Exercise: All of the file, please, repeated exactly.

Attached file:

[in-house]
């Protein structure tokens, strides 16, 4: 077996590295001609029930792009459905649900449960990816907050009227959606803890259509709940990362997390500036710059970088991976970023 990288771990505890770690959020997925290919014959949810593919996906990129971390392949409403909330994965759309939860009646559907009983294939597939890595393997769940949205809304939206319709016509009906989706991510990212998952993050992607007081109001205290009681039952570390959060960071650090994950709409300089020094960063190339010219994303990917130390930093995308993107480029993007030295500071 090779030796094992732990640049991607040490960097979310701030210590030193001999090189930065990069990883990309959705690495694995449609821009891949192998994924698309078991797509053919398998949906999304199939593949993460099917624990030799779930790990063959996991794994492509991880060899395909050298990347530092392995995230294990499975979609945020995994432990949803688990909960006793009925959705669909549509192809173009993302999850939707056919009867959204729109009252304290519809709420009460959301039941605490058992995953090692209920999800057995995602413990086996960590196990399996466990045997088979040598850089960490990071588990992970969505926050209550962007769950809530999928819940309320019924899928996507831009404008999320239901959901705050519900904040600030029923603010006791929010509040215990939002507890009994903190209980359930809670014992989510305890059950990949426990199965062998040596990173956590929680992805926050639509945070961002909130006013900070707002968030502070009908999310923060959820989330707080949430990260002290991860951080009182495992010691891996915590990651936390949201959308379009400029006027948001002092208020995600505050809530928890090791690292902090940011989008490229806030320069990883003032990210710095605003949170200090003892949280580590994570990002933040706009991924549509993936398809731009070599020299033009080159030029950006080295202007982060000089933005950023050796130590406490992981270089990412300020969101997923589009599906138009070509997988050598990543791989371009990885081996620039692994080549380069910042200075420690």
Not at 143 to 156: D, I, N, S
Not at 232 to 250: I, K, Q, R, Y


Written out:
[in-house]
């Protein structure tokens, strides 16, 4: 077996590295001609029930792009459905649900449960990816907050009227959606803890259509709940990362997390500036710059970088991976970023 990288771990505890770690959020997925290919014959949810593919996906990129971390392949409403909330994965759309939860009646559907009983294939597939890595393997769940949205809304939206319709016509009906989706991510990212998952993050992607007081109001205290009681039952570390959060960071650090994950709409300089020094960063190339010219994303990917130390930093995308993107480029993007030295500071 090779030796094992732990640049991607040490960097979310701030210590030193001999090189930065990069990883990309959705690495694995449609821009891949192998994924698309078991797509053919398998949906999304199939593949993460099917624990030799779930790990063959996991794994492509991880060899395909050298990347530092392995995230294990499975979609945020995994432990949803688990909960006793009925959705669909549509192809173009993302999850939707056919009867959204729109009252304290519809709420009460959301039941605490058992995953090692209920999800057995995602413990086996960590196990399996466990045997088979040598850089960490990071588990992970969505926050209550962007769950809530999928819940309320019924899928996507831009404008999320239901959901705050519900904040600030029923603010006791929010509040215990939002507890009994903190209980359930809670014992989510305890059950990949426990199965062998040596990173956590929680992805926050639509945070961002909130006013900070707002968030502070009908999310923060959820989330707080949430990260002290991860951080009182495992010691891996915590990651936390949201959308379009400029006027948001002092208020995600505050809530928890090791690292902090940011989008490229806030320069990883003032990210710095605003949170200090003892949280580590994570990002933040706009991924549509993936398809731009070599020299033009080159030029950006080295202007982060000089933005950023050796130590406490992981270089990412300020969101997923589009599906138009070509997988050598990543791989371009990885081996620039692994080549380069910042200075420690």
Not at 143 to 156: D, I, N, S
Not at 232 to 250: I, K, Q, R, Y